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Mozambique goes to the polls

MAPUTO, Oct 28 – Voting on Wednesday started in Mozambique’s fourth democratic elections, with the ruling party set to sail to victory over an opposition bruised by a recent split and years of election losses.

President Armando Guebuza was among the first people to vote, shortly after polling stations opened at 7:00 am (0500 GMT).

"I call on all Mozambicans to participate on this important day for our republic and to do it in a spirit of celebration," Guebuza told reporters after casting his vote in central Maputo.

Seventeen parties and two coalitions are competing for nearly 10 million registered voters in polls tipped to be swept by Guebuza and his Liberation Front of Mozambique (Frelimo).

Opposition ballots are likely to be divided between the Mozambican National Resistance (Renamo) and its breakaway Democratic Movement of Mozambique (MDM), paving the way for Frelimo to cement its rule since independence from Portugal in 1975.

Long queues started forming outside stations about an hour before the polls opened, with the electoral administration hoping for a smooth voting process.

"Conditions are in place for a calm and orderly vote," said Felisberto Naife, head of the election administration authority, prior to the start of the country’s fourth democratic polls.

The presidential race pits Guebuza, a millionaire businessman who is seeking a second and final term, against Renamo’s Afonso Dhlakama, a fourth-time presidential hopeful, and MDM founder Daviz Simango.

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"I have confidence in the people. In the north, south and centre people want good government," said Dhlakama after voting.

Dhlakama has alleged voter fraud in the past elections and criticised what he calls a flawed democracy.

"The one who wins the elections should be declared the winner. We do not want to have a repeat of election disputes which happen in other countries," Dhlakama told reporters.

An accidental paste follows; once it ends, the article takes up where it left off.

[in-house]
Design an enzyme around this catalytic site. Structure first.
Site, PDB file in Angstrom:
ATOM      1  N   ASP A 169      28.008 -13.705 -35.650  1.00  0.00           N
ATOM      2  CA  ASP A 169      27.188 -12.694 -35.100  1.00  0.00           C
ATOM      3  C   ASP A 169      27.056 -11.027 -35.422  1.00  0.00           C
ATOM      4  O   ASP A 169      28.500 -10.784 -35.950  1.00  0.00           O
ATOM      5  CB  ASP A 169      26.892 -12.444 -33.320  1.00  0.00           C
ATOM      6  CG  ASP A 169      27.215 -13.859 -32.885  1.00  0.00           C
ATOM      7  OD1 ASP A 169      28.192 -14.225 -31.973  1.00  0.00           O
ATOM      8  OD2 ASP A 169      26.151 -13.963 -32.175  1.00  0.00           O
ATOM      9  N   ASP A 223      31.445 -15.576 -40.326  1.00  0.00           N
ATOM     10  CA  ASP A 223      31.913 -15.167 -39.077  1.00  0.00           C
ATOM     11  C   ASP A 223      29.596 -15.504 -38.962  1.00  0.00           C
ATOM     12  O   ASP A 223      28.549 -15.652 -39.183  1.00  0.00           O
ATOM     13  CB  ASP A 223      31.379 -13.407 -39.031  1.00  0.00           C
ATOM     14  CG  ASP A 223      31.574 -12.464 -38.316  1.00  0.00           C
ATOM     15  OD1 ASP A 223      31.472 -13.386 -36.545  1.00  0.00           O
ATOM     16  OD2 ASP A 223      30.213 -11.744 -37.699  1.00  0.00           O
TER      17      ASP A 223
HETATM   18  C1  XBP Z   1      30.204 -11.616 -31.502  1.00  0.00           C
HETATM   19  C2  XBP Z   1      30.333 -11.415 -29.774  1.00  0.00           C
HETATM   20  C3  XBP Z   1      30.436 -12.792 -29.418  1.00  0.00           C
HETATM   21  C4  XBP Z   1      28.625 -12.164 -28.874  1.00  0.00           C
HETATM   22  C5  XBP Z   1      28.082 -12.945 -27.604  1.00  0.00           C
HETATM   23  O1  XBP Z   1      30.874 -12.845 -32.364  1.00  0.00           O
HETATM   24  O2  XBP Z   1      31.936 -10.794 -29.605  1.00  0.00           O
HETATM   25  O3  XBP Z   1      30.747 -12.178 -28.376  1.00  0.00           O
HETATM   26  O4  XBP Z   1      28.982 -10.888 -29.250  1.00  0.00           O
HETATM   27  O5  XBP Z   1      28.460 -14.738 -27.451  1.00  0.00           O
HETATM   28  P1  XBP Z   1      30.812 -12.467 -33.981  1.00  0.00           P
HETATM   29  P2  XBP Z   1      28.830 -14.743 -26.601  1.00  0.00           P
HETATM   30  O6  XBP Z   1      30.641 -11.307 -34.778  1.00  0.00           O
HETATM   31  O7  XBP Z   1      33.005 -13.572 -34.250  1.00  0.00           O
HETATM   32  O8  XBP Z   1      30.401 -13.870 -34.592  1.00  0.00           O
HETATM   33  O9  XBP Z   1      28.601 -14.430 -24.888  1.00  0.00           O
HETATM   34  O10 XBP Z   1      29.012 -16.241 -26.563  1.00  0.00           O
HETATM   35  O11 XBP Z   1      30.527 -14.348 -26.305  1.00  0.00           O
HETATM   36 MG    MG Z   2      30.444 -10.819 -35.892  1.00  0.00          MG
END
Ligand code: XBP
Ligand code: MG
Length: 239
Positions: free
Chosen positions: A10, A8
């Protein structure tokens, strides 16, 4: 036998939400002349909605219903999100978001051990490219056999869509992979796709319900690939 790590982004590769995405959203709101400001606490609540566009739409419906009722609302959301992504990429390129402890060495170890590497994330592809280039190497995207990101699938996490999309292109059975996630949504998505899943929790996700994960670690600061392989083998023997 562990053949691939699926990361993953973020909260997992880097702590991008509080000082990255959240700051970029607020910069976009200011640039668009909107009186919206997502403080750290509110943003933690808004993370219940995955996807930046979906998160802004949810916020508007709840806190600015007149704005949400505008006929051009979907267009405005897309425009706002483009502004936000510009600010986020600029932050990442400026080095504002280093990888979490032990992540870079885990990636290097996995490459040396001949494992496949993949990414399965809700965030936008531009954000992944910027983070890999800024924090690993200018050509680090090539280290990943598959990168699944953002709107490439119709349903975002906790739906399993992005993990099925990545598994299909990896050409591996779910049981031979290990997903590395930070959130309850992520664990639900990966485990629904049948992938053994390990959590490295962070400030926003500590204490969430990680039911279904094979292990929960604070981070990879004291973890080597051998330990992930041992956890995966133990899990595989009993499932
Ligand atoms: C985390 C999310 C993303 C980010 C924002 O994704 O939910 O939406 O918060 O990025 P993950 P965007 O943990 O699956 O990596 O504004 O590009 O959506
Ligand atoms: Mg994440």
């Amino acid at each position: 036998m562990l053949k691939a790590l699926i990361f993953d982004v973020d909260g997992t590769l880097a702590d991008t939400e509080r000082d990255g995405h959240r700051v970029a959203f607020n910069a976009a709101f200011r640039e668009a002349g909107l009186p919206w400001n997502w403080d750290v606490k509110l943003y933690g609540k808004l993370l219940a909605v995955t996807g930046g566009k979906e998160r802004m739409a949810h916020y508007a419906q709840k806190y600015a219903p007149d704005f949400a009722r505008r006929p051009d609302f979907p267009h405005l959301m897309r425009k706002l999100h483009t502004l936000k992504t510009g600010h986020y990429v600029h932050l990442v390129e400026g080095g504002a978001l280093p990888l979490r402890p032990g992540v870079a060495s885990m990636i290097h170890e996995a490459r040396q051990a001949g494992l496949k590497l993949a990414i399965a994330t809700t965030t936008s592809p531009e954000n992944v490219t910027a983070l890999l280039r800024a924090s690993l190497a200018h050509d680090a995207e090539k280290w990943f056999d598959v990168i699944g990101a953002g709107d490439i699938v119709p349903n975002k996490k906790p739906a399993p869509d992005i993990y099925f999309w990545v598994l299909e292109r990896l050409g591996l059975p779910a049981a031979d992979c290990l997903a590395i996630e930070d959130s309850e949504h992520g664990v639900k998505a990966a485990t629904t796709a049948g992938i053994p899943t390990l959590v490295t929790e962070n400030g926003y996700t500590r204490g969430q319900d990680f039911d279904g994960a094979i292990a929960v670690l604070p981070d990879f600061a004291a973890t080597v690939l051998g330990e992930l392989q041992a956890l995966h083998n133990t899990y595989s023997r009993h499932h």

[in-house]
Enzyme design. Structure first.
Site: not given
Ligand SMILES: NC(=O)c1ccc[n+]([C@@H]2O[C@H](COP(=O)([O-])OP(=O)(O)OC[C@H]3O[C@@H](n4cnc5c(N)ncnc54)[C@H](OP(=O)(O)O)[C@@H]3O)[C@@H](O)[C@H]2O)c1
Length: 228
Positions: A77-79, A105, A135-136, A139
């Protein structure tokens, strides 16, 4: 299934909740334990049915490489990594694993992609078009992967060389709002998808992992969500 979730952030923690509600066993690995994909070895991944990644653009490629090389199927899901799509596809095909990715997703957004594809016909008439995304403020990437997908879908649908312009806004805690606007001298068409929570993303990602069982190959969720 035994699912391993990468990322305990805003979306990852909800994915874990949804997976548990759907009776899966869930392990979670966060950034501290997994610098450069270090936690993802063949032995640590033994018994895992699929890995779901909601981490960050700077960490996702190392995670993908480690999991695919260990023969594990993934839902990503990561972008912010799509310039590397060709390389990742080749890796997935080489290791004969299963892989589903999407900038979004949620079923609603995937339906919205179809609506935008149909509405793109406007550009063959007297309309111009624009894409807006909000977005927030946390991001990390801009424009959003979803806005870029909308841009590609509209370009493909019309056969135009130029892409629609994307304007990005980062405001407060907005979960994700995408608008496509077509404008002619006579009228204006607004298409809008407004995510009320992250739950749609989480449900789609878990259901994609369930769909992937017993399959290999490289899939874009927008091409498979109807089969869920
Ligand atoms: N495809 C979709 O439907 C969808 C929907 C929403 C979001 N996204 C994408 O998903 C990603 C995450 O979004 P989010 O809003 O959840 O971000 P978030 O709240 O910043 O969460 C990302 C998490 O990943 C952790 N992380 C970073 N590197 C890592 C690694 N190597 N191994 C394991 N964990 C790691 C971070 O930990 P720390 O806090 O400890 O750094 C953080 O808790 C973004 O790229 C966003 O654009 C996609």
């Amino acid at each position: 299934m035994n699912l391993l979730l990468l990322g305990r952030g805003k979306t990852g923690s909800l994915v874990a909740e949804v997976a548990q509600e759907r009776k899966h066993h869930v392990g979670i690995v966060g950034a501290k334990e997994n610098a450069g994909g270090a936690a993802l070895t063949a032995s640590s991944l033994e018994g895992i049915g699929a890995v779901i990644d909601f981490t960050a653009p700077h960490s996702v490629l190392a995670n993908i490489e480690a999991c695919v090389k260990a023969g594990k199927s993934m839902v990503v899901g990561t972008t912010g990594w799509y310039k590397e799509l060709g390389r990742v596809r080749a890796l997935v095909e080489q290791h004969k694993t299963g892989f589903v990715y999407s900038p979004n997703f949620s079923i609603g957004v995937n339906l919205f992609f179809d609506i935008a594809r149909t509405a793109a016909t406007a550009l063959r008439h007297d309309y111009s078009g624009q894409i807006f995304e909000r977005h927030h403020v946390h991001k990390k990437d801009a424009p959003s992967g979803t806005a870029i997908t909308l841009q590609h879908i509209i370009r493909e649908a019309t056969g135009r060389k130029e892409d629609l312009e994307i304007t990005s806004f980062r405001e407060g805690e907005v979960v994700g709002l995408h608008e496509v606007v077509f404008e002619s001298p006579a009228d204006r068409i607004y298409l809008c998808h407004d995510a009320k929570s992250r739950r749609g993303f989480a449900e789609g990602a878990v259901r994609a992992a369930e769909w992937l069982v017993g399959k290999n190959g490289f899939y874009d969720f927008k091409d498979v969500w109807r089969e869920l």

In the parliamentary race, Frelimo seeks to defend its 160 seats in Mozambique’s 250-seat Assembly of the Republic.

The emergence of the MDM has raised the possibility of a third party winning seats in parliament for the first time since 1994, when Mozambique held its first democratic elections.

The elections were part of a peace agreement that ended a 16-year civil war between Renamo and Frelimo’s Marxist-Leninist regime.

But the MDM is running in just four of Mozambique’s 13 parliamentary districts, the result of a controversial decision by the national elections commission to exclude it and 13 smaller parties on the grounds of incomplete candidate registration documents.

Only Frelimo and Renamo were approved to run in every district.

"My vote is how I tell the candidates whether I think the coutnry is heading in the right direction or not," said a Maputo resident Aldolfo Vilanculos.

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Early results are expected late Wednesday with the deadline for official results on November 12.

Despite economic growth averaging eight percent per year for a decade following the war, Mozambique remains one of the world’s poorest countries, with 90 percent of its people living on less than two dollars a day.

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